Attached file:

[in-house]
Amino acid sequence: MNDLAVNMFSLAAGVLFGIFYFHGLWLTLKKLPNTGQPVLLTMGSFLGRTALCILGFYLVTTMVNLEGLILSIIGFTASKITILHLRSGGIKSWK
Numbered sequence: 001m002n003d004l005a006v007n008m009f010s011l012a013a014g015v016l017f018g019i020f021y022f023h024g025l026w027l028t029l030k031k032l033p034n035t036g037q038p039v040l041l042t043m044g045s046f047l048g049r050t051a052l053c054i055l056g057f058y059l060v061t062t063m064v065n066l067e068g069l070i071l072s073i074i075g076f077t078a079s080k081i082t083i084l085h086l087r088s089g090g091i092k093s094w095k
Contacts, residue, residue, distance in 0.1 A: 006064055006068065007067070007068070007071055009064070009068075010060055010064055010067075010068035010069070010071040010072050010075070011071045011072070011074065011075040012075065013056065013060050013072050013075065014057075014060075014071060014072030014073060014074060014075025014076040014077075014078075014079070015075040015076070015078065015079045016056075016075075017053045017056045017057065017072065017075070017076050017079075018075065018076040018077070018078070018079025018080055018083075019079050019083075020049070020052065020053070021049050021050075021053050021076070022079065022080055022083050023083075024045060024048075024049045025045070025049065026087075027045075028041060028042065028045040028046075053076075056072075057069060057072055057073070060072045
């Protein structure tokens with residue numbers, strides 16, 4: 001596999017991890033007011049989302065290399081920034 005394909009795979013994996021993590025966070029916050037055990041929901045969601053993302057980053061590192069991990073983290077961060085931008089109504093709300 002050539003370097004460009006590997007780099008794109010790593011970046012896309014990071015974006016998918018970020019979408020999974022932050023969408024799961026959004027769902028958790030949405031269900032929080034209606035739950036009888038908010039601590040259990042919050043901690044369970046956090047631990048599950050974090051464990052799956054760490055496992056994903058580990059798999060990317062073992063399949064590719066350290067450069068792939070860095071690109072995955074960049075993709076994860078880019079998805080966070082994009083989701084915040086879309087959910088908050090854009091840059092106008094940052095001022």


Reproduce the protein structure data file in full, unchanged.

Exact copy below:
[in-house]
Amino acid sequence: MNDLAVNMFSLAAGVLFGIFYFHGLWLTLKKLPNTGQPVLLTMGSFLGRTALCILGFYLVTTMVNLEGLILSIIGFTASKITILHLRSGGIKSWK
Numbered sequence: 001m002n003d004l005a006v007n008m009f010s011l012a013a014g015v016l017f018g019i020f021y022f023h024g025l026w027l028t029l030k031k032l033p034n035t036g037q038p039v040l041l042t043m044g045s046f047l048g049r050t051a052l053c054i055l056g057f058y059l060v061t062t063m064v065n066l067e068g069l070i071l072s073i074i075g076f077t078a079s080k081i082t083i084l085h086l087r088s089g090g091i092k093s094w095k
Contacts, residue, residue, distance in 0.1 A: 006064055006068065007067070007068070007071055009064070009068075010060055010064055010067075010068035010069070010071040010072050010075070011071045011072070011074065011075040012075065013056065013060050013072050013075065014057075014060075014071060014072030014073060014074060014075025014076040014077075014078075014079070015075040015076070015078065015079045016056075016075075017053045017056045017057065017072065017075070017076050017079075018075065018076040018077070018078070018079025018080055018083075019079050019083075020049070020052065020053070021049050021050075021053050021076070022079065022080055022083050023083075024045060024048075024049045025045070025049065026087075027045075028041060028042065028045040028046075053076075056072075057069060057072055057073070060072045
């Protein structure tokens with residue numbers, strides 16, 4: 001596999017991890033007011049989302065290399081920034 005394909009795979013994996021993590025966070029916050037055990041929901045969601053993302057980053061590192069991990073983290077961060085931008089109504093709300 002050539003370097004460009006590997007780099008794109010790593011970046012896309014990071015974006016998918018970020019979408020999974022932050023969408024799961026959004027769902028958790030949405031269900032929080034209606035739950036009888038908010039601590040259990042919050043901690044369970046956090047631990048599950050974090051464990052799956054760490055496992056994903058580990059798999060990317062073992063399949064590719066350290067450069068792939070860095071690109072995955074960049075993709076994860078880019079998805080966070082994009083989701084915040086879309087959910088908050090854009091840059092106008094940052095001022």